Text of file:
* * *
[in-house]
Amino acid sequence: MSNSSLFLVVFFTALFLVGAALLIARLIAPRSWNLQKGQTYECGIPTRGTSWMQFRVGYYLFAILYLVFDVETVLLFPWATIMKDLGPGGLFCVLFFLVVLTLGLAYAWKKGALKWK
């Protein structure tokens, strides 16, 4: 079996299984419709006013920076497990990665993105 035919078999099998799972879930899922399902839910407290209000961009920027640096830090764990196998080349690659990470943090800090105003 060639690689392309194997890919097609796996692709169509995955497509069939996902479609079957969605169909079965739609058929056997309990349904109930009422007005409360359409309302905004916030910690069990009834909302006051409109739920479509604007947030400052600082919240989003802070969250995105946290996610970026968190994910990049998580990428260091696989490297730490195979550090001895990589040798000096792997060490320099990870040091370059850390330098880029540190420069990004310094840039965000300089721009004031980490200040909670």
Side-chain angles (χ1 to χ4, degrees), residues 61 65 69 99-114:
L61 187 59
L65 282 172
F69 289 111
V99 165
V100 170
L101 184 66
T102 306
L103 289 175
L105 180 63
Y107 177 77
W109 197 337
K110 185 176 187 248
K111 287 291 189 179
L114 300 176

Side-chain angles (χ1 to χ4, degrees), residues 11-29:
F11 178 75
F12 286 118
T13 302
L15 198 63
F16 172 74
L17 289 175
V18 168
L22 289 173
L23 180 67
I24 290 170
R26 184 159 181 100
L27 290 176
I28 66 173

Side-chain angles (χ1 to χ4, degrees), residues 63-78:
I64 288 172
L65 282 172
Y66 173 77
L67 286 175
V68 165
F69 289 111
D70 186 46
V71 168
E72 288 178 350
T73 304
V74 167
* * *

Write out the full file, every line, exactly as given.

[in-house]
Amino acid sequence: MSNSSLFLVVFFTALFLVGAALLIARLIAPRSWNLQKGQTYECGIPTRGTSWMQFRVGYYLFAILYLVFDVETVLLFPWATIMKDLGPGGLFCVLFFLVVLTLGLAYAWKKGALKWK
């Protein structure tokens, strides 16, 4: 079996299984419709006013920076497990990665993105 035919078999099998799972879930899922399902839910407290209000961009920027640096830090764990196998080349690659990470943090800090105003 060639690689392309194997890919097609796996692709169509995955497509069939996902479609079957969605169909079965739609058929056997309990349904109930009422007005409360359409309302905004916030910690069990009834909302006051409109739920479509604007947030400052600082919240989003802070969250995105946290996610970026968190994910990049998580990428260091696989490297730490195979550090001895990589040798000096792997060490320099990870040091370059850390330098880029540190420069990004310094840039965000300089721009004031980490200040909670």
Side-chain angles (χ1 to χ4, degrees), residues 61 65 69 99-114:
L61 187 59
L65 282 172
F69 289 111
V99 165
V100 170
L101 184 66
T102 306
L103 289 175
L105 180 63
Y107 177 77
W109 197 337
K110 185 176 187 248
K111 287 291 189 179
L114 300 176

Side-chain angles (χ1 to χ4, degrees), residues 11-29:
F11 178 75
F12 286 118
T13 302
L15 198 63
F16 172 74
L17 289 175
V18 168
L22 289 173
L23 180 67
I24 290 170
R26 184 159 181 100
L27 290 176
I28 66 173

Side-chain angles (χ1 to χ4, degrees), residues 63-78:
I64 288 172
L65 282 172
Y66 173 77
L67 286 175
V68 165
F69 289 111
D70 186 46
V71 168
E72 288 178 350
T73 304
V74 167